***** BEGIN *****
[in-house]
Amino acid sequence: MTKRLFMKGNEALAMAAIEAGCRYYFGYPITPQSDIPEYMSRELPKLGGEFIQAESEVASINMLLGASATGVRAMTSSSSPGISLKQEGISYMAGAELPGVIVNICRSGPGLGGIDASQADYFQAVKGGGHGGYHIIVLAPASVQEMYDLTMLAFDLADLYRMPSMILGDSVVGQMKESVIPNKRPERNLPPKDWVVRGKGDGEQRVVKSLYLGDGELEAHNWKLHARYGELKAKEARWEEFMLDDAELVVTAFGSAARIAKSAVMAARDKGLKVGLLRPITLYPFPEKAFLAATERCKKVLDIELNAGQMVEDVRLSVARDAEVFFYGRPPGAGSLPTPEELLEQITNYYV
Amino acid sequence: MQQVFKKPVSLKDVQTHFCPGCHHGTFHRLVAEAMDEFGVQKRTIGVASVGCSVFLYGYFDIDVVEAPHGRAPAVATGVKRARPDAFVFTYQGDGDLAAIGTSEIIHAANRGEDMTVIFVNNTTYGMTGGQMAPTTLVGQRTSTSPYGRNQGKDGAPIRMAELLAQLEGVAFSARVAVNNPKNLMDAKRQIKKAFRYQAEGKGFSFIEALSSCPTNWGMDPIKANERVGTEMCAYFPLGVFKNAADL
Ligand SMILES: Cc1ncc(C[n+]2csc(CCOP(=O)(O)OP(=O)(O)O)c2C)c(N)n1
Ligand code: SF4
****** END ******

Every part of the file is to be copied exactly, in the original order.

[in-house]
Amino acid sequence: MTKRLFMKGNEALAMAAIEAGCRYYFGYPITPQSDIPEYMSRELPKLGGEFIQAESEVASINMLLGASATGVRAMTSSSSPGISLKQEGISYMAGAELPGVIVNICRSGPGLGGIDASQADYFQAVKGGGHGGYHIIVLAPASVQEMYDLTMLAFDLADLYRMPSMILGDSVVGQMKESVIPNKRPERNLPPKDWVVRGKGDGEQRVVKSLYLGDGELEAHNWKLHARYGELKAKEARWEEFMLDDAELVVTAFGSAARIAKSAVMAARDKGLKVGLLRPITLYPFPEKAFLAATERCKKVLDIELNAGQMVEDVRLSVARDAEVFFYGRPPGAGSLPTPEELLEQITNYYV
Amino acid sequence: MQQVFKKPVSLKDVQTHFCPGCHHGTFHRLVAEAMDEFGVQKRTIGVASVGCSVFLYGYFDIDVVEAPHGRAPAVATGVKRARPDAFVFTYQGDGDLAAIGTSEIIHAANRGEDMTVIFVNNTTYGMTGGQMAPTTLVGQRTSTSPYGRNQGKDGAPIRMAELLAQLEGVAFSARVAVNNPKNLMDAKRQIKKAFRYQAEGKGFSFIEALSSCPTNWGMDPIKANERVGTEMCAYFPLGVFKNAADL
Ligand SMILES: Cc1ncc(C[n+]2csc(CCOP(=O)(O)OP(=O)(O)O)c2C)c(N)n1
Ligand code: SF4